North Sea cod can now be bought “with a clear conscience”, according to a fisheries body, as stocks have now been declared sustainable.
The Marine Stewardship Council (MSC) said the announcement today (Wednesday) marks a “momentous achievement” for the industry. A decade ago cod stocks came close to collapse but due to the efforts of fishing organisations with support from supermarkets, seafood brands and the industry body, Seafish, North Sea cod has passed an independent assessment against the MSC’s strict standard.
The news means that, subject to strict traceability requirements, North Sea cod can now be sold in supermarkets and restaurants bearing the MSC ‘blue tick’ label, indicating that it is sustainable and fully traceable.
Toby Middleton, MSC programme director, North East Atlantic, said: “Today’s certification marks the end of the cod confusion. If you can see the MSC label on your cod, you know that it has come from a sustainable source. By choosing fish with that label, you will be helping to protect stocks long into the future.”
Although cod is one of the most popular fish in the UK, a YouGov survey carried out for the MSC found that more than one in three UK adults admitted that they do not know if cod is sustainable or not, and whether people should be eating it.
Almost three in ten of those surveyed said they think that cod is not sustainable and that people should actively avoid eating it where possible, but the same number said they believed the opposite.
Cod stocks in the North Sea peaked at 270,000 tonnes in the 1970s, when the fish was widely sold and enjoyed. However, stocks fell to just 44,000 tonnes in 2006. Since then the industry has worked with the Scottish Government and EU Fisheries Council to agree and implement a recovery plan.
This included the allocation of a certain number of days fishing which were linked to agreed conservation measures.
The fishing industry is also able to close fishing areas at short notice to protect local populations and has developed a system of remote monitoring using CCTV cameras on board boats.
Mike Park, Scottish Fisheries Sustainable Accreditation Group (SFSAG) chairman, said: “This is a massive development for the catching sector and is a testament to the power of collective action.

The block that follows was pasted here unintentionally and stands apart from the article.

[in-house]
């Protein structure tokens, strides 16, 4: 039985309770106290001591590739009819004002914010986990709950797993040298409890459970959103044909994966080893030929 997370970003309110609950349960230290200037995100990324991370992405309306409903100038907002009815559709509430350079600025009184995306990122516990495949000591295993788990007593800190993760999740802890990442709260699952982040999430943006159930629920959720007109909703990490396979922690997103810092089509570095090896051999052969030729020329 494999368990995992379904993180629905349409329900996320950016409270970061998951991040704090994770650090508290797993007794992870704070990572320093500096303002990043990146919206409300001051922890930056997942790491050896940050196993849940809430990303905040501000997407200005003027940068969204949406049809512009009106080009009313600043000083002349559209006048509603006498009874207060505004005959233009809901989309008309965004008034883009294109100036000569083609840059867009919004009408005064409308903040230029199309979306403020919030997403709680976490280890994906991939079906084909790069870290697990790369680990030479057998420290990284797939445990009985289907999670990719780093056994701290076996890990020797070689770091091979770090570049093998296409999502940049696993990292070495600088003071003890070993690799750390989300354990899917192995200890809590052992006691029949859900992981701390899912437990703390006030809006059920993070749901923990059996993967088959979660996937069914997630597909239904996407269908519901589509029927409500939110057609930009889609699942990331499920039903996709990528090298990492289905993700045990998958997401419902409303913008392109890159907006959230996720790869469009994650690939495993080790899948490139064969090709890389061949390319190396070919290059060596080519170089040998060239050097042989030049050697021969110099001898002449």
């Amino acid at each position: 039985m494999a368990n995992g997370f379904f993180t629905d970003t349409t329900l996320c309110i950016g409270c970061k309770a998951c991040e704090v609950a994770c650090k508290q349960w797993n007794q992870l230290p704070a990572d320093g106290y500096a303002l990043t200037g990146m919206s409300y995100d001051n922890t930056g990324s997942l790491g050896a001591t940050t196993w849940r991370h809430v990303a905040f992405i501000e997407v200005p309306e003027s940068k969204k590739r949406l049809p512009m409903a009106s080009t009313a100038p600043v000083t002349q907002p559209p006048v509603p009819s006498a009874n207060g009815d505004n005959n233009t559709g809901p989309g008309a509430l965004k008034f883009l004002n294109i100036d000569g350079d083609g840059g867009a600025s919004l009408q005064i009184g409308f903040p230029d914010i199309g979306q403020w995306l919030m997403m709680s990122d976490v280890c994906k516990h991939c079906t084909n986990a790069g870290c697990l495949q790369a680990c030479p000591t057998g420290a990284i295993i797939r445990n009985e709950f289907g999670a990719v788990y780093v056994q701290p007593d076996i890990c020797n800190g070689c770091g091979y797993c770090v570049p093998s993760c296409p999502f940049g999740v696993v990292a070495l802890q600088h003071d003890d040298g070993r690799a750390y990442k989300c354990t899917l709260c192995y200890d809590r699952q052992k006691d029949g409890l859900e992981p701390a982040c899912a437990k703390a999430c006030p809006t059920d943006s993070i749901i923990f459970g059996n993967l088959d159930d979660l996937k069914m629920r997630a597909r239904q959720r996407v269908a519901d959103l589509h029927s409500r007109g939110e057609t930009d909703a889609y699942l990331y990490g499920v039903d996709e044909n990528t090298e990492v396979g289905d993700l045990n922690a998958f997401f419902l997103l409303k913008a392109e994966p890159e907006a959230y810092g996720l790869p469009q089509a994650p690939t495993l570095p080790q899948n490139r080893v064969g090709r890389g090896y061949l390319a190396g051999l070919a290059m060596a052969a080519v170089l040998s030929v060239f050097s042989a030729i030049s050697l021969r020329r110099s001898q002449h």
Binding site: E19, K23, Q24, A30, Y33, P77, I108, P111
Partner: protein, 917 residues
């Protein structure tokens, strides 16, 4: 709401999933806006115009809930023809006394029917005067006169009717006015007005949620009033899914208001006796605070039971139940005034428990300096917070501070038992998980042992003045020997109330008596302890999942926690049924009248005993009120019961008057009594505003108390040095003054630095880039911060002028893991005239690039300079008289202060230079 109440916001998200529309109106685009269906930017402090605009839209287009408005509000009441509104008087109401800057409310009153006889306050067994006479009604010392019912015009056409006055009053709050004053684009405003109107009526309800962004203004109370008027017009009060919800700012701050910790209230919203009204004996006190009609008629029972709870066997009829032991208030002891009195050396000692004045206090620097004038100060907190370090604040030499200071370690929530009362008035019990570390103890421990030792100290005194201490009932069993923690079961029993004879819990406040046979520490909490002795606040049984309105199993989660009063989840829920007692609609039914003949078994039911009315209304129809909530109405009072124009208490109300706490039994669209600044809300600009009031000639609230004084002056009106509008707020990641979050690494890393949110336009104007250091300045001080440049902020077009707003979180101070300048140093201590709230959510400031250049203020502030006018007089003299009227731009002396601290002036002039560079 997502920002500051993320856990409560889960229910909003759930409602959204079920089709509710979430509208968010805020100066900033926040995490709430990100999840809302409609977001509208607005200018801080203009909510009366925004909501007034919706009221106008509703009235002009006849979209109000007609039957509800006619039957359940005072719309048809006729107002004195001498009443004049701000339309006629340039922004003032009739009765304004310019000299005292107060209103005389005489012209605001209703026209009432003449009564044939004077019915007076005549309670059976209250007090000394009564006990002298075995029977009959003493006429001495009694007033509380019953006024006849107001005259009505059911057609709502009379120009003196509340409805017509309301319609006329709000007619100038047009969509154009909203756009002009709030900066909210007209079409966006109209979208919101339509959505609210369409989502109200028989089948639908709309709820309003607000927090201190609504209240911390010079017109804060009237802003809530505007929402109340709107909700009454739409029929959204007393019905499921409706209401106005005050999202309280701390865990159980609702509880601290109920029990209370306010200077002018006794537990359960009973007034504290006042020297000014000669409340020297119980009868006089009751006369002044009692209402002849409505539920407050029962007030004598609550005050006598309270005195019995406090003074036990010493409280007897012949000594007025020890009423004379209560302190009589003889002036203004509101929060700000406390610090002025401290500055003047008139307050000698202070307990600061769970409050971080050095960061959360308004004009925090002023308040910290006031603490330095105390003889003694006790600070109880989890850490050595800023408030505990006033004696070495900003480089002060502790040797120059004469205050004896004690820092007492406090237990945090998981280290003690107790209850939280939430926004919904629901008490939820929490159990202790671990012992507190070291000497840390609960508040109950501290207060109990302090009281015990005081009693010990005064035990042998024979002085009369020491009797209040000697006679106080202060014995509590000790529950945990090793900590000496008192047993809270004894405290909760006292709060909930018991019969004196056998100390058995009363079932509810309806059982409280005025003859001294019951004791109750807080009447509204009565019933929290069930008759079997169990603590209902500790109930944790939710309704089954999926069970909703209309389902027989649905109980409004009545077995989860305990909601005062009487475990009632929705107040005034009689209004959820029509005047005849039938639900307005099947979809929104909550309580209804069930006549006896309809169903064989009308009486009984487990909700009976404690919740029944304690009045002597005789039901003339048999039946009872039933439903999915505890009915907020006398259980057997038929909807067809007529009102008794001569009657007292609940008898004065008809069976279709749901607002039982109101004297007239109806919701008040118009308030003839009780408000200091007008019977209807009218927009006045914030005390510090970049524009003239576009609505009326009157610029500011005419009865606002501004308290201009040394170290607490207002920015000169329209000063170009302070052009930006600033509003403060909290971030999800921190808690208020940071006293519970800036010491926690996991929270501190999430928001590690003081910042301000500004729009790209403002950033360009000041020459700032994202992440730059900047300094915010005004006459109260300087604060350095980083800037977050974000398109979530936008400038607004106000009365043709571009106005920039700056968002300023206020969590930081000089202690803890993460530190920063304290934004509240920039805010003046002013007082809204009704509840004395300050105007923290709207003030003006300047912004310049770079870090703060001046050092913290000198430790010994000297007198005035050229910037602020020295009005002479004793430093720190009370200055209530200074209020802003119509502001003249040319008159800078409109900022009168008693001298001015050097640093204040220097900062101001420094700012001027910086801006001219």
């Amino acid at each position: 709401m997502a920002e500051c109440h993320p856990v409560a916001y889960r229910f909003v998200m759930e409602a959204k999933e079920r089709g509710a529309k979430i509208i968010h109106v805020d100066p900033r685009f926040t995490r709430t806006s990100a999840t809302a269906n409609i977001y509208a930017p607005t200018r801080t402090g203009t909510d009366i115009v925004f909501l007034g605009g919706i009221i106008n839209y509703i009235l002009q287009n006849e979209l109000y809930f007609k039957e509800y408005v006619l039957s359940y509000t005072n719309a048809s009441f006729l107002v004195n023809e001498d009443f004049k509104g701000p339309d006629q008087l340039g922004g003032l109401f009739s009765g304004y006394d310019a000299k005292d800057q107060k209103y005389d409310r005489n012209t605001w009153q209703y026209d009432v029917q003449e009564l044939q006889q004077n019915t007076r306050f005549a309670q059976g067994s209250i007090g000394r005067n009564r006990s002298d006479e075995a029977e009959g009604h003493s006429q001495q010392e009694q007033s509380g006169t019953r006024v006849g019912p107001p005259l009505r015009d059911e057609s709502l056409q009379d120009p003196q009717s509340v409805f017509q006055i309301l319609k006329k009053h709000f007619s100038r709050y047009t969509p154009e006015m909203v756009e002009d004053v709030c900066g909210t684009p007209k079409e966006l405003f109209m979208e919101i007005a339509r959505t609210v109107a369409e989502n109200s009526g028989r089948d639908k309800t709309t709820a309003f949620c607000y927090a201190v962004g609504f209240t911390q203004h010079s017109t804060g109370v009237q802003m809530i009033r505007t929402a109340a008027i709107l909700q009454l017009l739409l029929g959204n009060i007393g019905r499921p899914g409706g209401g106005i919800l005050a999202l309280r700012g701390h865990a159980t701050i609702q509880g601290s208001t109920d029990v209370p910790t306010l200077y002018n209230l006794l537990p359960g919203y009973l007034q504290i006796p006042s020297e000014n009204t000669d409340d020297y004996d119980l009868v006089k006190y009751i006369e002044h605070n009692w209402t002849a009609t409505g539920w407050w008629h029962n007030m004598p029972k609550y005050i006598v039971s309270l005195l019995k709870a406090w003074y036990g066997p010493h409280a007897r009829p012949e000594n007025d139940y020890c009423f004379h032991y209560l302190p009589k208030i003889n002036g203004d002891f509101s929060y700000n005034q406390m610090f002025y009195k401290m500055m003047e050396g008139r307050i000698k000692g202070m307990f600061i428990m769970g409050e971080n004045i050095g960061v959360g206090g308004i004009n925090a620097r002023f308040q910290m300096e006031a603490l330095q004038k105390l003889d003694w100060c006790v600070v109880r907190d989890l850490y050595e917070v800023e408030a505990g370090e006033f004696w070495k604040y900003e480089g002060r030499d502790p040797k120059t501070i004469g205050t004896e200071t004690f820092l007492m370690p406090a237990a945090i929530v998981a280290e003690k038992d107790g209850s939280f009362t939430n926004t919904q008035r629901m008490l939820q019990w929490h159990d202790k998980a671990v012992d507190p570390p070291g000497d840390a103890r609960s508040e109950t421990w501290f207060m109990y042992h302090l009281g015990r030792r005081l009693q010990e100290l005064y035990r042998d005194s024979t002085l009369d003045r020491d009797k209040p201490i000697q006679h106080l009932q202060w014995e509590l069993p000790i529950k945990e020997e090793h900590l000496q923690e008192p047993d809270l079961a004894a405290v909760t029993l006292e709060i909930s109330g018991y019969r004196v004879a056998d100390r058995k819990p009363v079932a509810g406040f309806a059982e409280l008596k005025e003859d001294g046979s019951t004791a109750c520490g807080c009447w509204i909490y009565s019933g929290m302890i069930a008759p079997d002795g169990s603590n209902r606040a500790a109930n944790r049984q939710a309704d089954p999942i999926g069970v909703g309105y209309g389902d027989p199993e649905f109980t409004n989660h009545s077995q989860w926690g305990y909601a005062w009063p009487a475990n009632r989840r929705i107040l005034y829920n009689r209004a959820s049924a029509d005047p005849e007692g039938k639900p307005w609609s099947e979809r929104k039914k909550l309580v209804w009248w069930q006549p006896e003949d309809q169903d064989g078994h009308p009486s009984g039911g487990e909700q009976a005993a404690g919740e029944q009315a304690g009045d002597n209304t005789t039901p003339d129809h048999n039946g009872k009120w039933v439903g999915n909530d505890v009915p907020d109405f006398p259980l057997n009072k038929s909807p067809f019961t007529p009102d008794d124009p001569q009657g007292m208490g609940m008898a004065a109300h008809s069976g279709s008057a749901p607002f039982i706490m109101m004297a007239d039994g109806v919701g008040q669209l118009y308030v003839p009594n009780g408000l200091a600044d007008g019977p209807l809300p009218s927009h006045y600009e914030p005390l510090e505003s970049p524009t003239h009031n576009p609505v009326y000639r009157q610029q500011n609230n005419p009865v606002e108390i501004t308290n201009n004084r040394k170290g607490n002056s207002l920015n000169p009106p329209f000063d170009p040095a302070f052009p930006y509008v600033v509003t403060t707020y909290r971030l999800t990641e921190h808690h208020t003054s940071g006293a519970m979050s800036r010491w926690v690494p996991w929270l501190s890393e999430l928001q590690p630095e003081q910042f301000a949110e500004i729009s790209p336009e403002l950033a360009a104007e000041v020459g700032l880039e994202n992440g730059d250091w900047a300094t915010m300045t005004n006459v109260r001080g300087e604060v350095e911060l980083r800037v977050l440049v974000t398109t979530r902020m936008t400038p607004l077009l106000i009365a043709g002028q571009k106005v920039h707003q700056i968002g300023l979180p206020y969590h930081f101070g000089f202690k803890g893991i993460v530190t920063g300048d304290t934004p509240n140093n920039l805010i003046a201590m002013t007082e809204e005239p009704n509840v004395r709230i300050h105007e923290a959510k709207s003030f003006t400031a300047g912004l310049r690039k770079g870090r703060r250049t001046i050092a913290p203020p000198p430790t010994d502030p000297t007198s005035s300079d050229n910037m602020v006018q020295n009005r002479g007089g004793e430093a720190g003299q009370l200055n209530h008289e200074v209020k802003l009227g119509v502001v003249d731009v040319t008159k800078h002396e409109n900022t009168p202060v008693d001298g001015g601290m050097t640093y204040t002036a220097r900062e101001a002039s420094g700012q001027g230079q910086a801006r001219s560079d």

“The years of commitment to rebuilding North Sea cod has shown that fishermen are responsible and can be trusted to deliver stable and sustainable stocks. The consumer can now eat home-caught cod with a clear conscience.”
Bertie Armstrong, Scottish Fishermen’s Federation chief executive, said the awarding of MSC status is a “hugely welcome boost” to the industry.
He continued: “The determination of fishermen to restore the cod stock has meant they have sacrificed a huge amount to achieve this.
“They have willingly participated in a comprehensive programme that has included seasonal closures, real-time avoidance and technical measures to eliminate the catching of juvenile cod.
“And most of these innovatory measures have been created by working fishermen in conjunction with Scottish Government officials from Marine Scotland.”
Scotland’s largest fishing organisation has also welcomed the decision.
The Scottish White Fish Producers’ Association (SWFPA), which represents around 200 fishing boats and 1,400 fishermen, has been at the forefront of industry efforts to restore the cod stock to a sustainable level.
Mike Park, chief executive, said: “Our members have been through a decade of pain to get us to this point so it’s hugely satisfying for them to win recognition from the MSC, the custodian of sustainable fisheries.
“Scotland has introduced more than 50,000 square miles of closures each year to protect spawning females and aggregations of cod.
“With MSC accreditation, we are now looking towards the large retailers to show a commitment to sourcing fresh North Sea cod from Scottish markets.”
Fergus Ewing, Cabinet Secretary for the Rural Economy, added: “I’m delighted that the sacrifices and efforts made by Scottish fishermen in relation to cod stocks have been recognised by the MSC.
“The fishermen have adapted their methods and introduced a range of innovative new techniques to ensure the recovery of the North Sea cod stock and should be applauded for their determined efforts, creativity and not least resilience on what was an unnecessarily hard road given the constraints of EU’s Cod Recovery Plan.”